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Synthetic Yeast Chromosome Progress Presented in New Publications

NEW YORK – Members of a large international team known as the Synthetic Yeast Project (Sc2.0) have generated synthetic versions of most chromosomes found in the yeast model organism Saccharomyces cerevisiae, along with a yeast strain that contains several of the synthetic chromosomes.

The Sc2.0 consortium, which includes hundreds of researchers from around the world, described details of its work in a series of papers published in the journals Cell, Cell Genomics, and Molecular Cell on Wednesday.

Building on the results from prior Sc2.0 research describing synthetic chromosomes and chromosome arms, the latest efforts led to eight new synthetic chromosomes, leaving just two synthetic versions of the S. cerevisiae chromosomes yet to be revealed.

"The coordinated work of the many Sc2.0 investigators and trainees globally has reached the end of the beginning — the complete synthesis of a synthetic yeast genome," Yu Zhao, a postdoctoral researcher with the NYU Langone Health Institute for Systems Genetics, said in a statement.

In a paper published in Cell on Wednesday, first author Zhao and colleagues from NYU Langone Health, the European Molecular Biology Laboratory, and elsewhere used an advanced endoreduplication intercrossing strategy to mix and match yeast strains that each contained a different synthetic chromosome. The resulting yeast strain contained half a dozen complete synthetic chromosomes as well as a single synthetic chromosome arm.

"We decided that it was important to produce something that was very heavily modified from nature's design," senior and corresponding author Jef Boeke, a synthetic biologist with NYU Langone Health, said in a statement. "Our overarching aim was to build a yeast that can teach us new biology."

Along with long-read nanopore RNA sequencing and chromosome conformation capture (Hi-C) analyses of transcript isoform and 3D genome organization features, the team turned to a CRISPR-based gene editing approach to modify the sequences and search for so-called "bugs" stemming from the modifications.

"Thousands of genome-wide edits were introduced, including deletion of mobile elements and introns, relocation of [transfer RNAs], and swapping of stop codons from TAG to TAA, freeing up TAG to potentially encode a non-standard amino acid," the authors explained. "We also developed a watermark system … allowing facile distinction between synthetic and native genomic content by PCR."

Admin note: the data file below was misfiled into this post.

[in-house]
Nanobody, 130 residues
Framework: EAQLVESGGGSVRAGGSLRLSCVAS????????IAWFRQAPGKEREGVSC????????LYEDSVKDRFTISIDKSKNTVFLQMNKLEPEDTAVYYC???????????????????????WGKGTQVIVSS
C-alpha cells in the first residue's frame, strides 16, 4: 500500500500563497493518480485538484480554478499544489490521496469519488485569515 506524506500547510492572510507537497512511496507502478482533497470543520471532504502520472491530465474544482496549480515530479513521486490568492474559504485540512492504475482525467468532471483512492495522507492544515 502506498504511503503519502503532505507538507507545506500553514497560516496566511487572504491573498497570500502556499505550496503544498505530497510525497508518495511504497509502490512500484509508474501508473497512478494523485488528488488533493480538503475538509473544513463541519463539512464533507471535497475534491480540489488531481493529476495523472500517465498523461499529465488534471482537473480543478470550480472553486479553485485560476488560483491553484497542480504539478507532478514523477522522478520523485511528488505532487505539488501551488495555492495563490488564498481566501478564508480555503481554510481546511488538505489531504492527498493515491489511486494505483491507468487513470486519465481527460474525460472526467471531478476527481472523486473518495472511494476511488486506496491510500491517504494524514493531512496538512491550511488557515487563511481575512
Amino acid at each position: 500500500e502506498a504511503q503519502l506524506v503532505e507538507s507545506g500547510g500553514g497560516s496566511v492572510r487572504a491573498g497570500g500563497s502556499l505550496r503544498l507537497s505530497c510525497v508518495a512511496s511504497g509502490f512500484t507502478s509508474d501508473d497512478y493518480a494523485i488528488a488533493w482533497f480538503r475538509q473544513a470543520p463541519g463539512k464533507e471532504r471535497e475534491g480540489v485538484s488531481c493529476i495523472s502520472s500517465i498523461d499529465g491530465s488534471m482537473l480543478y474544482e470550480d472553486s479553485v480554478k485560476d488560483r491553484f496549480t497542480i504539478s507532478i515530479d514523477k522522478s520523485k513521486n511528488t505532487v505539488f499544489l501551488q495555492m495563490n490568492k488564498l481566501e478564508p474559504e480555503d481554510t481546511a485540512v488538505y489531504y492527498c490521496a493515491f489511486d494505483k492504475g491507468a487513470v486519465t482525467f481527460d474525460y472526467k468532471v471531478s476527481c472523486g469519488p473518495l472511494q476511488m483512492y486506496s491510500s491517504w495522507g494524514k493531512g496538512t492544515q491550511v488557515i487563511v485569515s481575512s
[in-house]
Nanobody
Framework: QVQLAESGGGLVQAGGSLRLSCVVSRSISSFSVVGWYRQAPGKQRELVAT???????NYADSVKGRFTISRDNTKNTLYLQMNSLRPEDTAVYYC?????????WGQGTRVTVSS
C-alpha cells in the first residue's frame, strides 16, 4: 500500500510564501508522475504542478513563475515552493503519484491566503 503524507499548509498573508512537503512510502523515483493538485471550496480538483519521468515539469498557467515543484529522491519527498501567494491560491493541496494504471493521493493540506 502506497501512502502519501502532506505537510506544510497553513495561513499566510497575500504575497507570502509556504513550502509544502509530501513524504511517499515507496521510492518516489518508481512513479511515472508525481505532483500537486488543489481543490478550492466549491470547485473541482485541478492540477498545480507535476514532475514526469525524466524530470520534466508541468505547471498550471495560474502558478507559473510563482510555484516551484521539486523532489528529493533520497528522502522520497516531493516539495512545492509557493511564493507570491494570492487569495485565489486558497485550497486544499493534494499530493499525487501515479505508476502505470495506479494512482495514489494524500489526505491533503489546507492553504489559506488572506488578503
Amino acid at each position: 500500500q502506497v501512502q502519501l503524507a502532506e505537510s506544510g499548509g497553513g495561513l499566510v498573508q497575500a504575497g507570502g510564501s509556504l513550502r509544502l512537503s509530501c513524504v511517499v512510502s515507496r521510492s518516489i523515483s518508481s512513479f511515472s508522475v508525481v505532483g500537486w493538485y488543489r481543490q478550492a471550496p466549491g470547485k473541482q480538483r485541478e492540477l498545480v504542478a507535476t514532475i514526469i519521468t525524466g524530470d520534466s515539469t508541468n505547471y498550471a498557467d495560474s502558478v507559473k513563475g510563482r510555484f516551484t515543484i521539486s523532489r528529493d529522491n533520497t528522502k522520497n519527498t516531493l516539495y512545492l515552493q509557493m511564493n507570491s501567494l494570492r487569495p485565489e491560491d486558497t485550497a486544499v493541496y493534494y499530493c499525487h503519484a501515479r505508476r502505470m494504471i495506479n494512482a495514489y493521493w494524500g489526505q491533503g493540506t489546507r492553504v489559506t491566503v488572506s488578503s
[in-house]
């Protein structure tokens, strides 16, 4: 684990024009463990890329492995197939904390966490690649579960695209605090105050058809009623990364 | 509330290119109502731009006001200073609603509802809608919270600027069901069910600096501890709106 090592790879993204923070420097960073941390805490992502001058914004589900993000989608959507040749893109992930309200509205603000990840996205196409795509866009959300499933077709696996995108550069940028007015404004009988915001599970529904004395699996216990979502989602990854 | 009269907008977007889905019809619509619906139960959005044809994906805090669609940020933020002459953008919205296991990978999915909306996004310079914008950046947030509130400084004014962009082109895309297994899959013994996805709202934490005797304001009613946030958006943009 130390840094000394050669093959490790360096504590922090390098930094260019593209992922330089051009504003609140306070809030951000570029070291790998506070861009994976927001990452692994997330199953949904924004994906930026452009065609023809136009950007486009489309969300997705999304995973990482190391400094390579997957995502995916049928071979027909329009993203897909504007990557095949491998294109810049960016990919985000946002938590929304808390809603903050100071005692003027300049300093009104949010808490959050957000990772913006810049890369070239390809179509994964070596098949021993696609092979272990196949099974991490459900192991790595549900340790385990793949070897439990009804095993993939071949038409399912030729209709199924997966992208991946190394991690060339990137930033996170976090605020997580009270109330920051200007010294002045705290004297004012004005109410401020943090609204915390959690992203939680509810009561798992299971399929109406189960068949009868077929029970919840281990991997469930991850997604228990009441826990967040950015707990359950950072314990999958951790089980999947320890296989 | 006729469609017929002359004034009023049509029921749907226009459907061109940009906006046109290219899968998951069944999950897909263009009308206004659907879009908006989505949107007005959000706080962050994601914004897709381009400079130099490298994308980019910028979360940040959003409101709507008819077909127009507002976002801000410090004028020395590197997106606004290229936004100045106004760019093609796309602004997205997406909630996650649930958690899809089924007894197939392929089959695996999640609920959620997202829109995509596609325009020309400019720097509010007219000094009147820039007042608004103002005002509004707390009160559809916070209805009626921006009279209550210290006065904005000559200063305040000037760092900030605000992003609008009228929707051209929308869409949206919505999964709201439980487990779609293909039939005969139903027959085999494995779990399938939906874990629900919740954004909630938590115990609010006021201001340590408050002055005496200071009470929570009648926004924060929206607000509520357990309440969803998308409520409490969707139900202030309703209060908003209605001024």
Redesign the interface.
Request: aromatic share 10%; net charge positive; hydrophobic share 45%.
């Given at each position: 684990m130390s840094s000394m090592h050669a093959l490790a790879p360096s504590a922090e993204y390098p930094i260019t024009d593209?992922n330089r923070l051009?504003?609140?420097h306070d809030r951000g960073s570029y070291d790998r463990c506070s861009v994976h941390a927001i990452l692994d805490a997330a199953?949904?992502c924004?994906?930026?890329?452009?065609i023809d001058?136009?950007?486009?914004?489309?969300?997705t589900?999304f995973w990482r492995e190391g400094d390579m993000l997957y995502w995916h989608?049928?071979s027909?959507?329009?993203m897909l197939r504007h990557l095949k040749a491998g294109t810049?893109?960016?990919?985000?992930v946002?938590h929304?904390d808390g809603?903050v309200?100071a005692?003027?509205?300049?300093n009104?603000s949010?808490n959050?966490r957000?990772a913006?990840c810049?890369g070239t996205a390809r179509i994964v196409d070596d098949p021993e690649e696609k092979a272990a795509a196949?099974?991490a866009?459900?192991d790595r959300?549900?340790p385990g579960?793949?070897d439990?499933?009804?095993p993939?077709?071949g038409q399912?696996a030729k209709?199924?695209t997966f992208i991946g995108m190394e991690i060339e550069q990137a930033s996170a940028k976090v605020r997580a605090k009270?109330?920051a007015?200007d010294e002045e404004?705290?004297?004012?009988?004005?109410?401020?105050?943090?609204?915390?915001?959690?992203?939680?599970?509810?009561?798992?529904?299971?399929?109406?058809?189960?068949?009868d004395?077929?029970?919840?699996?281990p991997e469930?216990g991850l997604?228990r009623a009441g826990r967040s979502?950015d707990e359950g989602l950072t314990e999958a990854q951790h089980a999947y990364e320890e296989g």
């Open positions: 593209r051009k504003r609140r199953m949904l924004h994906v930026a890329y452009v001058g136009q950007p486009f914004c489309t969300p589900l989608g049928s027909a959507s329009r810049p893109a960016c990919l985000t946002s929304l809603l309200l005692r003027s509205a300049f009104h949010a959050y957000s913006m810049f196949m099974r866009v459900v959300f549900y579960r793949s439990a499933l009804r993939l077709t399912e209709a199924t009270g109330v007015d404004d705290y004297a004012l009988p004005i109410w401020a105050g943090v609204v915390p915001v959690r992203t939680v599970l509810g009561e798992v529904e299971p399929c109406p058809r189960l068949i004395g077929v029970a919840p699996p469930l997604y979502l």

While papers in Cell Genomics and Molecular Cell further explored the 3D consequences of synthetic chromosome fusions or chromosome arm conformation switching, respectively, still other Sc2.0 papers assessed extrachromosomal circular DNA or outlined strategies for quickly generating variant versions of the synthetic sequences or for scaling the incorporation of synthetic chromosomes into individual yeast strains using chromosome substitution.

With the latter chromosome substitution strategy, for example, Zhao, Boeke, and their coauthors put together a yeast strain known as syn7.5 that had synthetic DNA making up more than half of its genome: the 6.5 synthetic chromosomes outlined in their integrated strain, along with another large synthetic chromosome dubbed synIV.

"The international Sc2.0 is a fascinating, highly interdisciplinary project," Daniel Schindler, a researcher affiliated with the Max Planck Institute for Terrestrial Microbiology, the Center for Synthetic Microbiology in Marburg, and the University of Manchester, said in a statement. "It combines basic research to expand our understanding of genome fundamentals, but also paves the way for future applications in biotechnology and drives technology developments."

In a paper published in Cell, co-first author Schindler and colleagues from the UK, Germany, Scotland, and other international centers described a synthetic "neochromosome" that stretches some 190,000 bases and contains sequences for 275 yeast transfer RNAs (tRNAs), which was developed with the help of computer-assisted design and artificial intelligence.

"Our rationale is that removing repetitive elements and relocating tRNA genes onto a dedicated synthetic chromosome will lead to a synthetic yeast genome, which is less susceptible to structural rearrangement and will isolate any instability caused by their presence," members of that team explained.

The tRNA-focused chromosome also points to the possibilities for making further yeast alterations aimed at producing certain supplements, biofuels, or remediation tools.

"As a designer biological structure, the tRNA neochromosome provides opportunities to study how such entities function within the cell," the authors explained, adding that the study "demonstrates the application of these designer structures and the benefits of radically re-engineering the host cell machinery."

"Given rapid technological advances and reduced costs of DNA synthesis," they noted, "we anticipate the routine construction of custom neochromosomes, leading to tangible applications in the near future."